Glanton students study history firsthand
by Celia Shortt
Earlier this week, fourth-graders at Glanton Elementary School in Grantville hosted 15 Coweta residents who shared with them stories from their generation.
'It's a wonderful thing to chat with a child,' said Glanton Elementary School Principal Katie Garrett. 'Share something from your life.'
'You are in the presence of some really great people,' she said to the students. 'Enjoy your time with these people.'
Students spent the rest of the morning with one of the 15 adult participants. These adults represented key areas and eras in Coweta County - city government, Kiwanis, educators, and community leaders. Each student listened and took notes while their adult partner shared a story from their life. Each story focused on an important or special event, place, memory, or occasion from their early life.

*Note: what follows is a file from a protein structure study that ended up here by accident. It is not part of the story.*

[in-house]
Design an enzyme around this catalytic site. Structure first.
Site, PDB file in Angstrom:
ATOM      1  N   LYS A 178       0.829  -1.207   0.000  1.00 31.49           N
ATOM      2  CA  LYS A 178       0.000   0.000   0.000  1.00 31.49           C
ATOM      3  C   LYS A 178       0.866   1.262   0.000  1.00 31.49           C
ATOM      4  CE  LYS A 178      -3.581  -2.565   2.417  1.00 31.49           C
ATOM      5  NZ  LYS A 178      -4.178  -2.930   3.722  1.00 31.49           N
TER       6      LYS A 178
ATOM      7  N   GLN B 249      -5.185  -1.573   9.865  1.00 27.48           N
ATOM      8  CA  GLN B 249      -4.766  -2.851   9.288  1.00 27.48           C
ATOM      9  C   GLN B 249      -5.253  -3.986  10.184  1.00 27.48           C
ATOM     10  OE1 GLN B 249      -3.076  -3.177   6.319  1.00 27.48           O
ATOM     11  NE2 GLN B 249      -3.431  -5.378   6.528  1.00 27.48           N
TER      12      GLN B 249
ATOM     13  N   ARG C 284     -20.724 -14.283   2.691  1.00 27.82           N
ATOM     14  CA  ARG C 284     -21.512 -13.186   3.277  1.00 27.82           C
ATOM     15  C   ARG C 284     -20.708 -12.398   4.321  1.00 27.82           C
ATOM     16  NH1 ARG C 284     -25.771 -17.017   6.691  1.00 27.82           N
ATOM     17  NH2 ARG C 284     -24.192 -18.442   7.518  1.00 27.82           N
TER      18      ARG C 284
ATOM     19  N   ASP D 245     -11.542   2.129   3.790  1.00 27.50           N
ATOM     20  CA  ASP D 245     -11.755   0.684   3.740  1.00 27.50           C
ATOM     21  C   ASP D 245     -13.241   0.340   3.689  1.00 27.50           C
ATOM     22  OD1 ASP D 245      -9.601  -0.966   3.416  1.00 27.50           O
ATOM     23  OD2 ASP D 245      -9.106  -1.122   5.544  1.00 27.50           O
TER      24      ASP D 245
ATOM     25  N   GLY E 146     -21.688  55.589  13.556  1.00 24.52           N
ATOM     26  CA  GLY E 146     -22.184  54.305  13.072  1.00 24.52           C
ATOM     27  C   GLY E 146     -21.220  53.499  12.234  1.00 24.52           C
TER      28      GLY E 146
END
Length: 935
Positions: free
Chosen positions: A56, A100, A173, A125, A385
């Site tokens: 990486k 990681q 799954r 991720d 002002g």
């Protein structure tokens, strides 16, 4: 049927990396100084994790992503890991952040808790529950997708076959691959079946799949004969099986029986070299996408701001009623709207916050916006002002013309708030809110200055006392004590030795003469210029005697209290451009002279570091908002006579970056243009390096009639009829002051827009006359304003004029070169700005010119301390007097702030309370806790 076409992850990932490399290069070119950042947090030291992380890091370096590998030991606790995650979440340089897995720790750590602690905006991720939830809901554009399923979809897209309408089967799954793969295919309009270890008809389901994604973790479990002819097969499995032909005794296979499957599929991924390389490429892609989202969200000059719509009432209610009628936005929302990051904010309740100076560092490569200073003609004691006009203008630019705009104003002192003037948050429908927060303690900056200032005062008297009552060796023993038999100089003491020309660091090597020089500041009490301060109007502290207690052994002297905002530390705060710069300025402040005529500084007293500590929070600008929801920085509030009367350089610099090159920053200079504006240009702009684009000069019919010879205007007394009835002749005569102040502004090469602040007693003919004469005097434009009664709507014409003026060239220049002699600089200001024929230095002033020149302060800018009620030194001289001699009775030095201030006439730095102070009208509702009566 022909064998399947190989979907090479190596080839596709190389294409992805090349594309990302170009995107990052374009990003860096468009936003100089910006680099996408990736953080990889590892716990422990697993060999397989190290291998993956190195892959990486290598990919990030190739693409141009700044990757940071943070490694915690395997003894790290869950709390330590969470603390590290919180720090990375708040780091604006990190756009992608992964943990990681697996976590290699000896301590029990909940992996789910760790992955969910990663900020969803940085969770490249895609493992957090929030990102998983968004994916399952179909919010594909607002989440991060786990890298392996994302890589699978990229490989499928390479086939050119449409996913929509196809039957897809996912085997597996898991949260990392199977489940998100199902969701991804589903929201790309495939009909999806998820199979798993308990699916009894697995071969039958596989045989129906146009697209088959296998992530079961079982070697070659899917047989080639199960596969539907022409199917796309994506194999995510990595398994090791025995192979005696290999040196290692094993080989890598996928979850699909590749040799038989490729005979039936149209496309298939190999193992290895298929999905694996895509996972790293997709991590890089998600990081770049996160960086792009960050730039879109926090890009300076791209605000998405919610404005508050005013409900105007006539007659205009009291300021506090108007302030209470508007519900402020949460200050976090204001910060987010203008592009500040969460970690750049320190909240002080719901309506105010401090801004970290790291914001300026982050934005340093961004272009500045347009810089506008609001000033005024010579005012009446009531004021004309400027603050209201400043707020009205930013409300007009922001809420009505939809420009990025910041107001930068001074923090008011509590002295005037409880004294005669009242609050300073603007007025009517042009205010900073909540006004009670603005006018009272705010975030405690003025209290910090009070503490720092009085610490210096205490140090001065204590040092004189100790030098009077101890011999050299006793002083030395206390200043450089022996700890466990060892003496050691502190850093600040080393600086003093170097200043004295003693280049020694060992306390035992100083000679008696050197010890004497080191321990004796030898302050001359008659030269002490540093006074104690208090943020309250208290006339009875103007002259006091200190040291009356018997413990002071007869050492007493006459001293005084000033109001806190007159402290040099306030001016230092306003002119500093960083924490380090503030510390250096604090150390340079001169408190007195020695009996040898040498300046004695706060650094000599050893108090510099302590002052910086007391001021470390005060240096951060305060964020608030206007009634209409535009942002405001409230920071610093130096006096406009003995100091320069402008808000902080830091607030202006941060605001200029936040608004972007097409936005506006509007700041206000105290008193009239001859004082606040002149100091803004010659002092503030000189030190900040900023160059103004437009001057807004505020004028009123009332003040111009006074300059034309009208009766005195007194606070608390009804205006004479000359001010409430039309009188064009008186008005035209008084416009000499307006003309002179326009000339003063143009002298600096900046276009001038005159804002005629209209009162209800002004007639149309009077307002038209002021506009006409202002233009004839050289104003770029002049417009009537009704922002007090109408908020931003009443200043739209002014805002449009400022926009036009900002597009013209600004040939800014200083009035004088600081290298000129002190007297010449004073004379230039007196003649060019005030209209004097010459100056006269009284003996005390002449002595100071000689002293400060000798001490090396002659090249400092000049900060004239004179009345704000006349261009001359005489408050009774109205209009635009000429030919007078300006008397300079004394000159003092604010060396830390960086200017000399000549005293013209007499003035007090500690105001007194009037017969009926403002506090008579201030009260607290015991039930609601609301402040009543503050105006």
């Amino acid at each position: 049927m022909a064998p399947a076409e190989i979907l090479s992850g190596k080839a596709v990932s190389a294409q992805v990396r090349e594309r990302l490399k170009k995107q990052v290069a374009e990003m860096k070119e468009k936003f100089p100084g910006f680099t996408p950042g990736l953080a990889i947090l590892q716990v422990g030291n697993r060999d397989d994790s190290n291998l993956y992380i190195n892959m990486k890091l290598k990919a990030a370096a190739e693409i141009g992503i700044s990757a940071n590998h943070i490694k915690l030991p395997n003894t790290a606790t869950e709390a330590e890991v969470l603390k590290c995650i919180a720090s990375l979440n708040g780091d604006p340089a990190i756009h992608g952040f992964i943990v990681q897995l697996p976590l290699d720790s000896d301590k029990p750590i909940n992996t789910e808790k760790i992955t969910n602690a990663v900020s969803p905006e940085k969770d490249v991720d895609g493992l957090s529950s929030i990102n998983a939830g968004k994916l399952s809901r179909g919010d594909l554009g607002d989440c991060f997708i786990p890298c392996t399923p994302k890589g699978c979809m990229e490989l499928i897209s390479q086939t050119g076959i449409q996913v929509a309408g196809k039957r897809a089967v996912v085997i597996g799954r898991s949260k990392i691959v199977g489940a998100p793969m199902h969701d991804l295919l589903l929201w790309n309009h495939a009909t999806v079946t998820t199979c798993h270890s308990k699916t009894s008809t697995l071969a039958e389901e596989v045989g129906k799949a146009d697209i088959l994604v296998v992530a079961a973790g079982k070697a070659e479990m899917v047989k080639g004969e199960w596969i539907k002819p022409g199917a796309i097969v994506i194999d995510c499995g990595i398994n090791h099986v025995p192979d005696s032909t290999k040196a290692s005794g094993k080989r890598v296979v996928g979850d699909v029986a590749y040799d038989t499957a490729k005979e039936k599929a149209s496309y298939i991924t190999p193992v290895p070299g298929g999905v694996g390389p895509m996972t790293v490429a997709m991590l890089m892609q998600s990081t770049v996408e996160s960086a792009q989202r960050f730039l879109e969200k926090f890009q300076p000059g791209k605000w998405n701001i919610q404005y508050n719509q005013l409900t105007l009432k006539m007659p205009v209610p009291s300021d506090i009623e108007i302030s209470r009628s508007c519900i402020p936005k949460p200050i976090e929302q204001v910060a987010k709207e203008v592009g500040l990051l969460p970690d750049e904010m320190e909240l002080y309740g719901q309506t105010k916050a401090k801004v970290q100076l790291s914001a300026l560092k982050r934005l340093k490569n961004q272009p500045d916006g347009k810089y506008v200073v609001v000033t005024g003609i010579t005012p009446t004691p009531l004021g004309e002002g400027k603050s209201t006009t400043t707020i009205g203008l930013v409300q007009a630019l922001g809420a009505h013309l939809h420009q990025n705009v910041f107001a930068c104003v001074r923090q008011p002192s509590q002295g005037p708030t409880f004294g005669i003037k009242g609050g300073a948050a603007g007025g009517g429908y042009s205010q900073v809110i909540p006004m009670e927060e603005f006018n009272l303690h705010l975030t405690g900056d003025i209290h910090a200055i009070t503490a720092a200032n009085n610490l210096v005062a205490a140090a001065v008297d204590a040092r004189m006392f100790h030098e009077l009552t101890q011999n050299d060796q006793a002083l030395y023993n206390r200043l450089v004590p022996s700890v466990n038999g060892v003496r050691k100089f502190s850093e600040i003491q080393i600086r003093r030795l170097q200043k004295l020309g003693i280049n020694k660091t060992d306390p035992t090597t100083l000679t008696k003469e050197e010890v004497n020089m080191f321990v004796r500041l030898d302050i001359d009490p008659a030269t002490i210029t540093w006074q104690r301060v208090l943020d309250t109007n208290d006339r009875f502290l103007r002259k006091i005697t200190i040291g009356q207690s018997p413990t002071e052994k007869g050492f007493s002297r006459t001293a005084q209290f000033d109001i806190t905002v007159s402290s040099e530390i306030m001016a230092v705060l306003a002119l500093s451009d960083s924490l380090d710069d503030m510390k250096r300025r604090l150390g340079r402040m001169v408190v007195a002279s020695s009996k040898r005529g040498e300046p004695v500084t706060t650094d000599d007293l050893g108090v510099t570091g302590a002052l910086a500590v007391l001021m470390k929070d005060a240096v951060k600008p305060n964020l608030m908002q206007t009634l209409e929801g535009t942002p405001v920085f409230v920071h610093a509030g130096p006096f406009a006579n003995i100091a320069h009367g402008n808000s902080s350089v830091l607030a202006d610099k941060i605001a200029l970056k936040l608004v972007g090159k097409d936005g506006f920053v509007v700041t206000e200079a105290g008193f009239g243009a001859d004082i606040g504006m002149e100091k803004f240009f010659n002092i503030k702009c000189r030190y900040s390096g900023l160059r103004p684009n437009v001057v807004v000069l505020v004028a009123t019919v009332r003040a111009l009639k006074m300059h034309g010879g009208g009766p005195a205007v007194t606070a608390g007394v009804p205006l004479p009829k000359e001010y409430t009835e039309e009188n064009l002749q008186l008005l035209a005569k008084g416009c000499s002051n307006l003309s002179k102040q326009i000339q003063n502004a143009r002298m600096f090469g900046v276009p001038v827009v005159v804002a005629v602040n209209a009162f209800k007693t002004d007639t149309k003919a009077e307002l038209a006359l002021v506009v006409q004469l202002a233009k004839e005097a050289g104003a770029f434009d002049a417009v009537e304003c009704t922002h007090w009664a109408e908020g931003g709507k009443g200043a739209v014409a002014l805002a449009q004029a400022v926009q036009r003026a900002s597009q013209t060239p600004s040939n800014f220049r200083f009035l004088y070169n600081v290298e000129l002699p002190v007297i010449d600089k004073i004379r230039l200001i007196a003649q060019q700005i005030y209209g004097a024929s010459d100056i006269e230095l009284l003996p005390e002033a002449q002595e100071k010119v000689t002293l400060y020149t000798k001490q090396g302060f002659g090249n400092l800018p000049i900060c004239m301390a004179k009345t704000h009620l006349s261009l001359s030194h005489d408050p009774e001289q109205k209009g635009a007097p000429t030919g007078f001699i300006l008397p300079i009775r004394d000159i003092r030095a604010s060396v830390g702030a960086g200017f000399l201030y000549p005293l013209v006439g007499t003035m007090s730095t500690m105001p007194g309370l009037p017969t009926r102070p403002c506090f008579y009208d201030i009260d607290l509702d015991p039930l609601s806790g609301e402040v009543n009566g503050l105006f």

'We had retired educators and members of the local Kiwanis chapter, and other community stakeholders came to give students a greater sense of purpose, audience, and community, connecting to the past,' said fourth-grade teacher Ellen Thomas.
Thomas and Glanton Elementary School Media Specialist Lori Mayes organized the event.
After their interviews, the students used his or her notes and what they had heard during the interview to write a short story. The short stories will be published in a special 'Student Treasures' book. They will also be submitted to a writing contest sponsored by the Coweta Public Library System for fourth to 12th graders.
The student with the best overall composition in the that contest will be awarded the grand prize of a Kindle Fire tablet. Second and third place prizes will also be awarded. The winning stories will published in a new magazine, 'Truly Southern,' in March 2014.